The university’s Archaeology Institute offers students an opportunity to get involved in volunteering projects while they are studying with the institute.
Dan Lee, Lifelong Learning and Outreach Archaeologist, manages the Archaeology Institute’s volunteer programme. Dan explains: “Volunteering is generally split between fieldwork in the summer months (e.g. excavation, survey) and post-excavation activities during the winter (e.g. finds processing, cataloguing etc). Many students take the opportunity to volunteer all year round, gaining valuable insights into the whole archaeological process. For post-excavation activities, a list of all the volunteering opportunities available with the Archaeology Institute are posted to the student resources section of the VLE, along with an announcement. This reaches all our students across the university. The volunteering opportunities on offer tend to be post-excavation projects, such as finds processing, cataloguing, data input and records management, etc. These projects run throughout the first and second semesters and could last anything from one week to 6 months. Often students are keen to take on a new volunteer project once they have completed their first. As well as the hands-on experience and skills development, students also benefit from having new and old students coming together, which provides a great networking opportunity and peer support for the newer students. Many volunteers often get the chance to take part in the summer excavations at the end of the academic year, extending the requirements of core modules. Volunteering on these, now world-famous, sites is a unique experience for the students as well as an opportunity to develop excavation skills.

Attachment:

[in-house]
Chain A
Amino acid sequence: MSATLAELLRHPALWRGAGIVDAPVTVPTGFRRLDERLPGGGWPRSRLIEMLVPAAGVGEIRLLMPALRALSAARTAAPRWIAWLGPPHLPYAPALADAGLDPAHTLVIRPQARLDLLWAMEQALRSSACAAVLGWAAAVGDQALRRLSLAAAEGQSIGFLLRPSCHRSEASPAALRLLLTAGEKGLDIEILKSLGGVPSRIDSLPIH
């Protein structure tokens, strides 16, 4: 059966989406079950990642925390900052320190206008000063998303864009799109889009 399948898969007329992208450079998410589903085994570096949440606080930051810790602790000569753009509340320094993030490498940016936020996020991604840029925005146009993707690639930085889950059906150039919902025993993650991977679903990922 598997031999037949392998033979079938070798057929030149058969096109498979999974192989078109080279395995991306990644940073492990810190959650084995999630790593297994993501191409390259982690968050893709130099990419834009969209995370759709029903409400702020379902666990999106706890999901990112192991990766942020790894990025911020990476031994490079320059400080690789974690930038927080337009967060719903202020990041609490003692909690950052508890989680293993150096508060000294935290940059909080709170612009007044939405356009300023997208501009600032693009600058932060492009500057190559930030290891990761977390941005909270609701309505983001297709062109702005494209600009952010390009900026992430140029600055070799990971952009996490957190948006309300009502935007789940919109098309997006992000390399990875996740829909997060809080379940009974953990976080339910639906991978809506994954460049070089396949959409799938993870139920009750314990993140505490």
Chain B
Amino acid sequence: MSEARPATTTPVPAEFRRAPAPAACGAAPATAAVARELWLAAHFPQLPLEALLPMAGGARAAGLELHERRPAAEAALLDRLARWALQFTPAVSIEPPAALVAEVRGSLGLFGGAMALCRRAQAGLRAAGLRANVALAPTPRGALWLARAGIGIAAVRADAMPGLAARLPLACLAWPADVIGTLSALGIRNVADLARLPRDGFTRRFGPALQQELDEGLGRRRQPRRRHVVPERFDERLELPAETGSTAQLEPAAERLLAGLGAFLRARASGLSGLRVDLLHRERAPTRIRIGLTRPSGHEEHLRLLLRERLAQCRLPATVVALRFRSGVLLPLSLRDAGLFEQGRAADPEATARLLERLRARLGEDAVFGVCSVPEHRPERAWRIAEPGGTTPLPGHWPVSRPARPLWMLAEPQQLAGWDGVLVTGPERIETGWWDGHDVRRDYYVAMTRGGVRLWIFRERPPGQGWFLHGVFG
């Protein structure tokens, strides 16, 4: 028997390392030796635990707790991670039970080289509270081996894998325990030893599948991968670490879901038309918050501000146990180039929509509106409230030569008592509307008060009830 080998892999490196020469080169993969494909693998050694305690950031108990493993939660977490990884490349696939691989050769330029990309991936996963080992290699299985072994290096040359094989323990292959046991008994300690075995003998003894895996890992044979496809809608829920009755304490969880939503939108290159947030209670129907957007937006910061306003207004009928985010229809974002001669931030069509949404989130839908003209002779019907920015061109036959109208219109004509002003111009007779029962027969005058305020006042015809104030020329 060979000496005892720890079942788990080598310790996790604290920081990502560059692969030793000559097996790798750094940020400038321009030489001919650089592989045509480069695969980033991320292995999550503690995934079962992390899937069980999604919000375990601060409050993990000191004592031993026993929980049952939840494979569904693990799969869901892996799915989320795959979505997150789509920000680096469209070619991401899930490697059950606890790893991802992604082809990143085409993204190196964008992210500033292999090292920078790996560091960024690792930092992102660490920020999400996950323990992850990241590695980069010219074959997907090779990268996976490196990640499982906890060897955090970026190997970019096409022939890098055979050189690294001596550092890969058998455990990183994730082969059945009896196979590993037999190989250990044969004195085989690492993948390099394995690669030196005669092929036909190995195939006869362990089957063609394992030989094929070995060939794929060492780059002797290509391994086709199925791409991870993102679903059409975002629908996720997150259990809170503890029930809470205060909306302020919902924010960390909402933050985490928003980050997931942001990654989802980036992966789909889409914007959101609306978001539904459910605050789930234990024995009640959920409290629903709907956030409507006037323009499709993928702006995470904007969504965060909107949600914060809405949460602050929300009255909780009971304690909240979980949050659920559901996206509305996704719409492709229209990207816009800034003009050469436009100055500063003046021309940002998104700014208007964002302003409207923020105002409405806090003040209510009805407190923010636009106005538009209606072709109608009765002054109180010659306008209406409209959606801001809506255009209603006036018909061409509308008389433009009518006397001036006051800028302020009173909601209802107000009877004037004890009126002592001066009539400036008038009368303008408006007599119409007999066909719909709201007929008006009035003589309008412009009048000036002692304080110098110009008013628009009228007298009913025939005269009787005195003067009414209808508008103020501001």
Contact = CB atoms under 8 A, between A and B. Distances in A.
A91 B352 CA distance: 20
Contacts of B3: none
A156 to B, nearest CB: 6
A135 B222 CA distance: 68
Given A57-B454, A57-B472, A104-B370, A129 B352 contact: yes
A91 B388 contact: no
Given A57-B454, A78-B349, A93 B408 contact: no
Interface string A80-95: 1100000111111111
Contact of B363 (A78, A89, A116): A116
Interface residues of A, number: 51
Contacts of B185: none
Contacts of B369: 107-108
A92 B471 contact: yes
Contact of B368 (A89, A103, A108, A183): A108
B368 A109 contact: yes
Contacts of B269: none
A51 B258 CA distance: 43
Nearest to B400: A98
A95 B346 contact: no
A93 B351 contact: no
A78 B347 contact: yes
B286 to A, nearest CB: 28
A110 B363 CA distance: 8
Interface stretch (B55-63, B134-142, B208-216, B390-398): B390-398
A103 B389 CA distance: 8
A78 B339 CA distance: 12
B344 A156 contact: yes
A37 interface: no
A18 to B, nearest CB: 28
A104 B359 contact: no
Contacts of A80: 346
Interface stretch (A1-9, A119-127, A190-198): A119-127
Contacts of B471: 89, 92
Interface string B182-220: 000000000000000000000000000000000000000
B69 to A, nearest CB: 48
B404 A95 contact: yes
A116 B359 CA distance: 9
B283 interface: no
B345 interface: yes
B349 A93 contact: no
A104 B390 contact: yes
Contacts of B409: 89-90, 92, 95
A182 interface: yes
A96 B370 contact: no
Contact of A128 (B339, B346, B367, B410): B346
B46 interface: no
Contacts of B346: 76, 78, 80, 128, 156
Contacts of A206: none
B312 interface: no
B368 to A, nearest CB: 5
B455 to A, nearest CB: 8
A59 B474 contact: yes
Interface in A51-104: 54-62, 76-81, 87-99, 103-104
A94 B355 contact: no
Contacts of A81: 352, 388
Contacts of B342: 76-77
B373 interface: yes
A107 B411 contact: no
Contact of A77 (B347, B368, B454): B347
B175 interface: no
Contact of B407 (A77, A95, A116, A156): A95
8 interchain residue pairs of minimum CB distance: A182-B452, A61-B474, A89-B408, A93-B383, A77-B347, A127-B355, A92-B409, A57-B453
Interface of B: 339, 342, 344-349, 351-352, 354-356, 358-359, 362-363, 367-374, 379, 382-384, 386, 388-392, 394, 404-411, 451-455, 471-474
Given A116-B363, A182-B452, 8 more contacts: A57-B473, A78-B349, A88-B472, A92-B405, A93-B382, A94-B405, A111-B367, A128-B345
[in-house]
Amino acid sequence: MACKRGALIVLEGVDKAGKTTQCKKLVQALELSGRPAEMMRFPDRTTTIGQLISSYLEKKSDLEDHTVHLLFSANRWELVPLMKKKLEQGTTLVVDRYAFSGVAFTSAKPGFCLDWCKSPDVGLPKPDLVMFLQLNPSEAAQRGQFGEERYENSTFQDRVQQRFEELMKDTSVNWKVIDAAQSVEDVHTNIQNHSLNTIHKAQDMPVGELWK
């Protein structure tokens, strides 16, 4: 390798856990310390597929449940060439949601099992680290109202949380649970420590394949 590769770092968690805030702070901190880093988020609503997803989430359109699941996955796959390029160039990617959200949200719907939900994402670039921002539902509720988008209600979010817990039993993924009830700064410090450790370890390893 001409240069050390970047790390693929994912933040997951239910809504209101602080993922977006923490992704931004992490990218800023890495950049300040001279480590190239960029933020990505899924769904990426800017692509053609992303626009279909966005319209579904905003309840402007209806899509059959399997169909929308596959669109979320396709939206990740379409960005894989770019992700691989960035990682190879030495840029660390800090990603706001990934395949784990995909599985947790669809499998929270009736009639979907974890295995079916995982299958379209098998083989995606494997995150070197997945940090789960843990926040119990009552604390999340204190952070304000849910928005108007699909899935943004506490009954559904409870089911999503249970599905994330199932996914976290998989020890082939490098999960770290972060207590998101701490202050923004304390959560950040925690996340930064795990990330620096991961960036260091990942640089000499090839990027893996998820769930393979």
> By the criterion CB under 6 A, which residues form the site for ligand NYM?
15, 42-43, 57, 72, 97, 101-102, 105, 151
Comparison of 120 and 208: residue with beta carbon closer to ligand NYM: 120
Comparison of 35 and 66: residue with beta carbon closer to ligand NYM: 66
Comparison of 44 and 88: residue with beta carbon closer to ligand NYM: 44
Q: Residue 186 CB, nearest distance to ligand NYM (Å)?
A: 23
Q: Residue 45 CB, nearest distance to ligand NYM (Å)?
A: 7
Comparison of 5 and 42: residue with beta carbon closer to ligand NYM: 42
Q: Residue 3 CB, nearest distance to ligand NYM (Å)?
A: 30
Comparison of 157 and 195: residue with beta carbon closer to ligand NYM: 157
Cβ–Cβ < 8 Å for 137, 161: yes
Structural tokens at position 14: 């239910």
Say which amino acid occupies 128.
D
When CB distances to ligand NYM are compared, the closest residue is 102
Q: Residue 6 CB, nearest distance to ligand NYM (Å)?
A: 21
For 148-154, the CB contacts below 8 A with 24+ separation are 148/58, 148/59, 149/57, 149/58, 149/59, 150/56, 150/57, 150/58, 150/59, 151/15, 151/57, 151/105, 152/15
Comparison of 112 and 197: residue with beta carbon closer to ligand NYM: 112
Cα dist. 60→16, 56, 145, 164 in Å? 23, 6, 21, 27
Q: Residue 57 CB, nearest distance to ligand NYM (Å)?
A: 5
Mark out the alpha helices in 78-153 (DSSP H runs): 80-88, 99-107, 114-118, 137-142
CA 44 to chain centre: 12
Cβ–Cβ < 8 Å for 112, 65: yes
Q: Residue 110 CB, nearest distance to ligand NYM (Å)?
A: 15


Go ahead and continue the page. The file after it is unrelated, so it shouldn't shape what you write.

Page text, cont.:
Kath Page is a second year student on the BA (Hons) Archaeology degree and has taken full advantage of the opportunities provided by the Archaeology Institute, volunteering on a range of activities.
Kath tells us about the projects that she has been involved in and the value she has found in volunteering:
“I have been involved in many of the community archaeology projects. One of these was “The Heart of Neolithic Orkney Community Map project” which involved walking through the World Heritage Site and documenting the landscape in terms of observations, memories and stories. Along with my children, I took part in the Glow in the ArchaeoDark project on World Heritage Site day at Skara Brae and the Ring of Brodgar. I have also been involved in the Mapping Magnus project, field surveying, excavating and researching in the archives.
At college I have been involved in finds washing and cataloguing these in spreadsheets. In addition to the volunteering I undertake within the Institute, I also volunteer at the Orkney Museum in Kirkwall once a week where I am currently sorting through the old museum collection, repackaging the items and cross-checking them in the museum registry for digital processing. I have also volunteered at the Ness of Brodgar excavation for 2 seasons now.